Sometimes in movie production a film is developed from a piece of literature. Directors will use the plot of a book either to create a unique movie, or to give the audience a chance to see what their favorite book is like when acted out on the screen. Willa Cather's "Paul's Case" is a good example of a work adapted to video. The movie has slight differences from the book, but the director Lamont Johnson follows the original closely. Most movies that are inspired by books hold some relation to the author's version, but are changed to fit the director's vision and perhaps make the movie more presentable. "Paul's Case" the movie, beginning to the end, is basically the same, but slight differences were found in the characters' physical traits, setting, some symbolism, and the plot. However, these changes were not significant enough to change the story as a whole.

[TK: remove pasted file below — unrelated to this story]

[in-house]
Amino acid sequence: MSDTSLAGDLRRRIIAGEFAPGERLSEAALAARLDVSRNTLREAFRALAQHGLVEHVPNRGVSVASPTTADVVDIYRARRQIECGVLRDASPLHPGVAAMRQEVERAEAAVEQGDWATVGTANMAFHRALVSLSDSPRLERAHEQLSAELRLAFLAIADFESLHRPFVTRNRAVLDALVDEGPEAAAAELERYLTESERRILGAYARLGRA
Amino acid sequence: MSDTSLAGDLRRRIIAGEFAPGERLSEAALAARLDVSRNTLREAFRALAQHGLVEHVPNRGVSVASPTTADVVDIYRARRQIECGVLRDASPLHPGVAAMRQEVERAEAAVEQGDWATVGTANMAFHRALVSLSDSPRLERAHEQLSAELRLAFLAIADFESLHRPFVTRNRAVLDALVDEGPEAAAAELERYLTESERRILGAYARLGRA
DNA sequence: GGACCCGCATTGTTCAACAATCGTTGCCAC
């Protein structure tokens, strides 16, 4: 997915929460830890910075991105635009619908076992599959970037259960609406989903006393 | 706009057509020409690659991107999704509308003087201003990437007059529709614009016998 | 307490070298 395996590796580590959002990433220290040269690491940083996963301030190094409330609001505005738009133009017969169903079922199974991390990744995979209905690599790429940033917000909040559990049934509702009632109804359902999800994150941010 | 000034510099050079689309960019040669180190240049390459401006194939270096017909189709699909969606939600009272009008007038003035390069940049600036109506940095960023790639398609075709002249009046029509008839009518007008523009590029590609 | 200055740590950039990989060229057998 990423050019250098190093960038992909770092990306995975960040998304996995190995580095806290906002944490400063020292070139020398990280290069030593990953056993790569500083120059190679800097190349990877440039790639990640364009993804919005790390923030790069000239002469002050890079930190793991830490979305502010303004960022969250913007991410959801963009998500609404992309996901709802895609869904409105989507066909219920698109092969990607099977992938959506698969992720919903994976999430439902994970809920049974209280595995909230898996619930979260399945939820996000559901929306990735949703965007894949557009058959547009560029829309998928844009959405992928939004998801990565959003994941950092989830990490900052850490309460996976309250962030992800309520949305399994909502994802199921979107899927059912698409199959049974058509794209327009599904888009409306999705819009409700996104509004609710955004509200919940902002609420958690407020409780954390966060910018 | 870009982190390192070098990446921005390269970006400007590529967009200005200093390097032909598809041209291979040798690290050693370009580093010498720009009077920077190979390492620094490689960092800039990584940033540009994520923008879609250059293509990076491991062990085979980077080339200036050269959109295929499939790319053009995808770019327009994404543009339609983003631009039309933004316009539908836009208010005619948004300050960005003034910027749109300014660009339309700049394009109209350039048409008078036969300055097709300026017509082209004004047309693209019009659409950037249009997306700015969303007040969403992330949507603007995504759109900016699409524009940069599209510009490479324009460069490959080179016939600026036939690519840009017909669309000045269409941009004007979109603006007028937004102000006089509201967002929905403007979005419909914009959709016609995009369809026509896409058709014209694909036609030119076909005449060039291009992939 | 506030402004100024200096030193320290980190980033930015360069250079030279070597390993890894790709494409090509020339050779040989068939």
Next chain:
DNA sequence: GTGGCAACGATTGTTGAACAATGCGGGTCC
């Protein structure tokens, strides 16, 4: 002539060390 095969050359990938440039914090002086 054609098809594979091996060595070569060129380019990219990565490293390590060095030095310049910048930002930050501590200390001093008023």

The character's appearance plays a key role in a story. It can suggest his personality and his motives. Paul's physical appearance would be considered a key issue for this story. The text describes him as "very thin, with high, cramped shoulders and a narrow chest" (Cather 154). This is key because Paul wants to be something he is not. He desires to be part of a life he was not born into, and really he has no background in the arts, and hardly any knowledge of it. Stereotypically, a person that fits his physical description is considered weak, ignorant, and rather pathetic. So, the portrayal of an awkward-looking Paul is important for the reader to know what kind of person he is. The movie, on the other hand, casts Eric Roberts who does not fit this description at all. He is tall, good-looking, and his well-developed body is inconsistent with Cather's Paul. His age does not even to appear to be appropriate, because he is supposed to be a boy the age of seventeen. Roberts looks to be more in his twenties. These discrepancies will confuse the watcher of the movie. If he did not read the...
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